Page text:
Latino Magazine recently held its first No Mas Hambre Summit in Washington, D.C. to heighten public awareness and foster a national conversation about hunger in the Latino community, so compelling that one in three Latinos in America are currently facing hunger. The USDA Food and Nutrition Service (FNS) promoted nutrition programs at the anti-hunger event that brought community leaders, hunger relief activists, industry and government from around the country together for a day of panel and roundtable discussions with the objective of eliminating hunger in the Latino community.
In the panel discussion SNAP Outreach for Latinos, Lisa Pino, FNS Deputy Administrator for the Supplemental Nutrition Assistance Program, formerly known as Food Stamps, indicated that outreach to Latino communities is a top priority for the Food and Nutrition Program. Though the SNAP program serves more people than ever, many of those who are eligible to participate do not. In fact, only 56% of Latinos who are eligible for SNAP are receiving aid.
"Partnering and outreach efforts are currently underway to communicate SNAP eligibility criteria and improve program access for those in need," Pino said. "There's an ongoing challenge to eliminate misinformation about the program, including misconceptions about immigration status and program eligibility."
Immigrants must prove legal status to apply for SNAP. Children may be able to get SNAP even if their parents cannot. Getting SNAP will not hurt chances to become a citizen if an individual is documented. Pino cited that FNS is working on culturally competent materials that convey program eligibility information in clear and concise language.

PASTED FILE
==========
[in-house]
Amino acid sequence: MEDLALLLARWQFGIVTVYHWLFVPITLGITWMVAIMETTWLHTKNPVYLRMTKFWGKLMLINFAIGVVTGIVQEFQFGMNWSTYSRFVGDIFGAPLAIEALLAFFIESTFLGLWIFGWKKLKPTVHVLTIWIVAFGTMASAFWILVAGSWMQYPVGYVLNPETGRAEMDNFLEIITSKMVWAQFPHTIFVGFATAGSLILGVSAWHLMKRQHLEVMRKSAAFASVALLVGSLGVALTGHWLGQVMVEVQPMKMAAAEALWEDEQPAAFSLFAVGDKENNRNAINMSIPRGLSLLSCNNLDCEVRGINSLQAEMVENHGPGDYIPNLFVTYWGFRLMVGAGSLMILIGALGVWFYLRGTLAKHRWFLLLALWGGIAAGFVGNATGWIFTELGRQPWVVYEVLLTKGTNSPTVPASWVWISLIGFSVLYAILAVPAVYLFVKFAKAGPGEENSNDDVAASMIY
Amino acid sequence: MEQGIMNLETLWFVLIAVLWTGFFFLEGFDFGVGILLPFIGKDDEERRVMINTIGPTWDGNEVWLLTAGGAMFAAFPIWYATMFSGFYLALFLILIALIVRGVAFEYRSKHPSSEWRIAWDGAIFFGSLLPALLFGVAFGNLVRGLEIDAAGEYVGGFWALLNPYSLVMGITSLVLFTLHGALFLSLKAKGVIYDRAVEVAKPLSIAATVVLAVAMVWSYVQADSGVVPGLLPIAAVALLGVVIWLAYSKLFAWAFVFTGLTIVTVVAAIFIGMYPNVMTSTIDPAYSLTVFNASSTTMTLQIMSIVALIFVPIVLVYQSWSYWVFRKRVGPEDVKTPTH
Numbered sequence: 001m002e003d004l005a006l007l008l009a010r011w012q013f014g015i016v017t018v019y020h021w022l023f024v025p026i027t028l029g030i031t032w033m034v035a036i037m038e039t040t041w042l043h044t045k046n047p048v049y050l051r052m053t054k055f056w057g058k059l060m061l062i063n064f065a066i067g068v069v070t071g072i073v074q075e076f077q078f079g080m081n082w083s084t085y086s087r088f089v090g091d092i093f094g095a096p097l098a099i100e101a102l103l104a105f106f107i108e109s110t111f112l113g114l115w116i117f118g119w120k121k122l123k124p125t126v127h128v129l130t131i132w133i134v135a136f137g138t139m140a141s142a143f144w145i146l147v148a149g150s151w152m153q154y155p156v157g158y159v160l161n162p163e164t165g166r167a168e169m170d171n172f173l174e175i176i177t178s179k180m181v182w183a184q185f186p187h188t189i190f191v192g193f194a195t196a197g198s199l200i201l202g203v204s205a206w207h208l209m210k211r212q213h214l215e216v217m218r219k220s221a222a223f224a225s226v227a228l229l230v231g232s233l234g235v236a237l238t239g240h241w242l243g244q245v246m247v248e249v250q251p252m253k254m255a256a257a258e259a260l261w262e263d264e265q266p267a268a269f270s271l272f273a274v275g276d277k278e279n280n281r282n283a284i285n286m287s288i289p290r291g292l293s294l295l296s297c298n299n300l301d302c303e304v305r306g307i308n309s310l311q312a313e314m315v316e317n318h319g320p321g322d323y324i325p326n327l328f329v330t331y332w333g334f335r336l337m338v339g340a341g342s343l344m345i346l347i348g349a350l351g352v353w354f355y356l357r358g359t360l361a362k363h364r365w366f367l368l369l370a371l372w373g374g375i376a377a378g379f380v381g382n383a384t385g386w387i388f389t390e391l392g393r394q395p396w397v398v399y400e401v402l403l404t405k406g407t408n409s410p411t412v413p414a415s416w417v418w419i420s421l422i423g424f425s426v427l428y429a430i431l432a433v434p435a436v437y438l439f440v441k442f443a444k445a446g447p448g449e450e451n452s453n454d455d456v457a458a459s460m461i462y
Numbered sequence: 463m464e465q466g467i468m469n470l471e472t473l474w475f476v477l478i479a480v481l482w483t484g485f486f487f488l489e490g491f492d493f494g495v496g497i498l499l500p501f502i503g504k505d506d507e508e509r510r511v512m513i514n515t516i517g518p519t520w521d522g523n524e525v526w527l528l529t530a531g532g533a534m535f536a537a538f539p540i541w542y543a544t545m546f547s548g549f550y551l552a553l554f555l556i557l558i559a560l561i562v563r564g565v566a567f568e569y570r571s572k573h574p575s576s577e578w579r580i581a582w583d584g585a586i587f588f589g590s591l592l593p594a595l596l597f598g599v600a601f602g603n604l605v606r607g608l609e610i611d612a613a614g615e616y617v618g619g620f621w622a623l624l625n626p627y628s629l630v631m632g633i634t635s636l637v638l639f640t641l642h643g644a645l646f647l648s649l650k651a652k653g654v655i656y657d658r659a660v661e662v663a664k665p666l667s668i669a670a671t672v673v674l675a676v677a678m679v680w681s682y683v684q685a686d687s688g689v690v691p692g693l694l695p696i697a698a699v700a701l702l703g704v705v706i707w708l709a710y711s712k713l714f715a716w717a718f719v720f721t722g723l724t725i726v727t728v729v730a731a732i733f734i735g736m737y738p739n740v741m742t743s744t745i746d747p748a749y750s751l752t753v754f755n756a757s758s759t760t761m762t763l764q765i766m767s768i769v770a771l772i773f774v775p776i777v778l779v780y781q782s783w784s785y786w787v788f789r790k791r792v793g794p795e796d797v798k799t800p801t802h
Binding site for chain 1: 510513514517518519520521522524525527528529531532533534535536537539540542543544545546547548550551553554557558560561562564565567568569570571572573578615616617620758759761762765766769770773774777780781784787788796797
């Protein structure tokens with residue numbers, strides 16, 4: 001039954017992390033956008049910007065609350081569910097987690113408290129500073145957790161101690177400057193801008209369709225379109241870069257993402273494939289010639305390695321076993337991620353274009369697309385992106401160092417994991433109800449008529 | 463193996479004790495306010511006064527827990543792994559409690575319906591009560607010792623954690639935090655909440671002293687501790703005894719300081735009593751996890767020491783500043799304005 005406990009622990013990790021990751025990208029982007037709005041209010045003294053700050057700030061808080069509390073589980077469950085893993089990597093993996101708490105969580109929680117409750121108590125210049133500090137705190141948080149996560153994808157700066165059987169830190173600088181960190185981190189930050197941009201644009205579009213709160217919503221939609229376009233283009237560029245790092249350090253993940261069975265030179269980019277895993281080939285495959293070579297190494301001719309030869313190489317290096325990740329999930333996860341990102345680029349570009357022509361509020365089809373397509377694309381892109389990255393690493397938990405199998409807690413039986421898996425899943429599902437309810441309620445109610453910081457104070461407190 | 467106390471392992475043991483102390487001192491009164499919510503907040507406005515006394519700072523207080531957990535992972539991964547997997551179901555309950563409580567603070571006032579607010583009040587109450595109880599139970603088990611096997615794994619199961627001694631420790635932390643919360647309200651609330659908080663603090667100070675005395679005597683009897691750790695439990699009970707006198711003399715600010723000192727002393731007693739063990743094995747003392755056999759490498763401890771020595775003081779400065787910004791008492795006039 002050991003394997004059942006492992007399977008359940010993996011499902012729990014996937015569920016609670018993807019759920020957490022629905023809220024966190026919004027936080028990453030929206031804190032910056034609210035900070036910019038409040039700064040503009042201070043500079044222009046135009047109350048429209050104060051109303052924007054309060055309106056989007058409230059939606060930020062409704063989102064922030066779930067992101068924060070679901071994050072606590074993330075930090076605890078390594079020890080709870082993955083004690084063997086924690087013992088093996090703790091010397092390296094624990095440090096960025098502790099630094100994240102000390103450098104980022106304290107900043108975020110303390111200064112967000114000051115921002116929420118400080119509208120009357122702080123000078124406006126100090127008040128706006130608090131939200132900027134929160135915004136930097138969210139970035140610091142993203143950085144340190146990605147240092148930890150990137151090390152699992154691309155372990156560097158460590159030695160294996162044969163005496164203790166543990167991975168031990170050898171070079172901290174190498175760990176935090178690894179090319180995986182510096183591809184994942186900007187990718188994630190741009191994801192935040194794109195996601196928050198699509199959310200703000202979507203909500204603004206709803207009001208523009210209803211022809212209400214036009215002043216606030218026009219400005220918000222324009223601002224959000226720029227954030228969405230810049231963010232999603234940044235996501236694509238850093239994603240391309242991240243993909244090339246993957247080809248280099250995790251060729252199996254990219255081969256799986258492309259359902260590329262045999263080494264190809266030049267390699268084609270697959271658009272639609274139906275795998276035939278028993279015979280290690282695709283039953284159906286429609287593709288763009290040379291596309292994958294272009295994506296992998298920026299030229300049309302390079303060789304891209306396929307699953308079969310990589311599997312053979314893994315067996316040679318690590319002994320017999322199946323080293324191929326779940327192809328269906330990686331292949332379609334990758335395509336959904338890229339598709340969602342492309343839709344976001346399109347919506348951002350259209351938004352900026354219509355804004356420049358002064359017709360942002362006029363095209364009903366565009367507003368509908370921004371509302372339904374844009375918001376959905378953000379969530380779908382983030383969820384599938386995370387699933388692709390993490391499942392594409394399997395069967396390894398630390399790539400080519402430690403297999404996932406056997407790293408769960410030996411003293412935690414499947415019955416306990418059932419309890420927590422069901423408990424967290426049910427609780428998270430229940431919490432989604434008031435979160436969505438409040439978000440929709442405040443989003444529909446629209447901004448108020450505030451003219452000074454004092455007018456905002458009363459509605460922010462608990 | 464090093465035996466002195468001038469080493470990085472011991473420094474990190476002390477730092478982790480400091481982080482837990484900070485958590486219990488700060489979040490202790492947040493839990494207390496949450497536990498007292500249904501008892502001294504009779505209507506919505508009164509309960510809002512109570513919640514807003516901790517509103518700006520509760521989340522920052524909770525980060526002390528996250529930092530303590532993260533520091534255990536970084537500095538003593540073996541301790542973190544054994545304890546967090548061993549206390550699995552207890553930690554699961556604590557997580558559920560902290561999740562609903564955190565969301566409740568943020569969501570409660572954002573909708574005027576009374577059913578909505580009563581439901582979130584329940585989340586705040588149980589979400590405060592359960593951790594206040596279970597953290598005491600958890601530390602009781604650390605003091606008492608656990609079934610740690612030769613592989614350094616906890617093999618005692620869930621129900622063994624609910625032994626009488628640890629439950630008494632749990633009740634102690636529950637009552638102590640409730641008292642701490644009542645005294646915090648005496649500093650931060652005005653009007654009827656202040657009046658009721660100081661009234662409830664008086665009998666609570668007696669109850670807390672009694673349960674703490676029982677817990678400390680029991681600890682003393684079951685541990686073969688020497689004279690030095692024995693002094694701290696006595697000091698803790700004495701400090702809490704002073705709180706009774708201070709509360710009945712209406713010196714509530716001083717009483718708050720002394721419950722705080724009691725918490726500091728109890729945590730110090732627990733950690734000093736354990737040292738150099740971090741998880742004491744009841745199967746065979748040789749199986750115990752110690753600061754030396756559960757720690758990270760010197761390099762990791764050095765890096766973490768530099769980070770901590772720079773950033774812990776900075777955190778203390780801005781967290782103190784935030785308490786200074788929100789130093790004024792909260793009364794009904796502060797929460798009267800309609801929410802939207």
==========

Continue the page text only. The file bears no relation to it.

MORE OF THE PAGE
Cindy Long, Director of the FNS Child Nutrition Division, participated in a Perspectives on Hunger and Health Disparities panel with the Office of Minority Affairs and the National Hispanic Medical Association. Long focused on program changes under the Healthy Hunger-free Kids Act of 2010, recent legislation that reauthorizes USDA's child nutrition programs, including School Breakfast, School Lunch and the Summer Food Service Program, improving the nutrition and hunger safety net for millions of children. Long cited the improvements in the nutrition standards for school meals and new standards for all foods sold in schools as critical components supporting healthier eating for children. She also noted the importance of summer feeding efforts to ensure that children in need have access to nutritious meals when school is out.
Alfredo Estrada, magazine founder and editor, indicates that he plans to continue publicizing the high incidence of hunger within the Latino community and work towards building a coalition of concerned communities nationwide to move the magazine's anti-hunger agenda forward. Estrada anticipates a second annual No Mas Hambre Summit for next year. Additional information about the initiative is found at www.nomashambre.com.